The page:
International Collaboration, Coordination, and Outreach

Lacking the research and investigative capacity to control the SARS epidemic, WHO elicited public health service partners from countries such as the United States, the United Kingdom, Germany, and France. WHO’s international Global Alert and Response Network (GOARN) is a virtual network of 11 leading, well-equipped, and high biosecurity infectious disease labs in nine countries established primarily to address influenza outbreaks. GOARN was instrumental in spearheading laboratory efforts: these labs were connected by secure web sites and daily teleconferences to identify the causative agent of SARS, develop diagnostic tests, and collect and analyze clinical and epidemiological data on SARS. The U.S. CDC established other virtual teams in the United States, eliciting advice from medical experts, epidemiologists, and virologists, including both biomedical and veterinary coronavirus experts. Highly trained personnel from the CDC were dispatched to outbreak areas to assist in infection control, and numerous CDC employees were involved in all aspects of the response to SARS. To educate the public by countering rumors with reliable information, both WHO and the CDC provided factual information on SARS through updated web sites, satellite broadcasts, frequent presentations to the news media, and public response hotlines for clinicians and the general public.

These exceptional international laboratory efforts led to the rapid identification of a new coronavirus as the causative agent of SARS by April 16, 2003, only about 1 month after the initial WHO global alert (Drosten et al., 2003; Ksiazek et al., 2003; Peiris et al., 2003; Poutanen et al., 2003). Although vaccines or antivirals to prevent or control SARS infections were lacking, the SARS epidemic was countered by classical infection control and containment methods. These included screening of individuals for symptoms (fevers) with isolation, quarantine, and effective clinical management of symptomatic patients, followed by contact tracing and 10-day quarantine of known contacts. Implementation of effective surveillance measures, identification of the causative agent of SARS as a coronavirus, and containment of the SARS epidemic were attributed to this unparalleled level of global cooperation. Two features of the global SARS outbreaks include the following:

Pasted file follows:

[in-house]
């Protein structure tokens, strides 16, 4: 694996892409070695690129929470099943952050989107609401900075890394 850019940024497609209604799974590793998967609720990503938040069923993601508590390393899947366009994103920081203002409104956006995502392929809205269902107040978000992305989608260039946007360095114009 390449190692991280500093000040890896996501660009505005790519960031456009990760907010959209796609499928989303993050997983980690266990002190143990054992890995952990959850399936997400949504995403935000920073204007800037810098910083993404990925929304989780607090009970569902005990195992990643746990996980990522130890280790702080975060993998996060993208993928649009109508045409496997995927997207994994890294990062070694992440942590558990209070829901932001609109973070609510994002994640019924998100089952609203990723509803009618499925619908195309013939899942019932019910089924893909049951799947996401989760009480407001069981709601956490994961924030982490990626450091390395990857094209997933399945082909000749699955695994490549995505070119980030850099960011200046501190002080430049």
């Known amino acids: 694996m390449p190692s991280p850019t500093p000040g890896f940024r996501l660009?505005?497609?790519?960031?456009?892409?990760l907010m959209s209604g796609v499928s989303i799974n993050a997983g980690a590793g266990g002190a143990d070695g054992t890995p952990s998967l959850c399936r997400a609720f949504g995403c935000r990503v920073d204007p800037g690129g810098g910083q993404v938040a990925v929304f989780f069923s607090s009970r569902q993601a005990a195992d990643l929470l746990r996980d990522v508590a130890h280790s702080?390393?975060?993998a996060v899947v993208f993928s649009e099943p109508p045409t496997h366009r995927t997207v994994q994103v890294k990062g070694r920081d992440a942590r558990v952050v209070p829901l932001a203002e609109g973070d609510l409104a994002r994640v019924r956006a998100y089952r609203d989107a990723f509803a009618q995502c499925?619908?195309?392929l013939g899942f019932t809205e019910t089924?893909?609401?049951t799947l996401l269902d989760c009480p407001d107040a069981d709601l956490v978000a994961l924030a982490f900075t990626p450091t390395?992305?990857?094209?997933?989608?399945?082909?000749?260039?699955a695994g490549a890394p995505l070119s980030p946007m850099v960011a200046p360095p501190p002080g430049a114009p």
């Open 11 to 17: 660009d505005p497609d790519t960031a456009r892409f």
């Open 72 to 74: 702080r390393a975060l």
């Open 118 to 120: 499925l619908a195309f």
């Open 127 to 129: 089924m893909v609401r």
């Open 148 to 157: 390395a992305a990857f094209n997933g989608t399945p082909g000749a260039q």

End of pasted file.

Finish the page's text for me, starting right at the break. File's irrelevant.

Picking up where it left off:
• SARS had devastating social and economic global impacts disproportionate to the number of actual fatalities and affecting both global travel and trade.

  • International collaboration and communication among agencies and with scientists in established laboratory networks with prior working relationships and access to state-of-the-art equipment and the required biosecurity level were key elements for rapid and successful SARS diagnosis and control.



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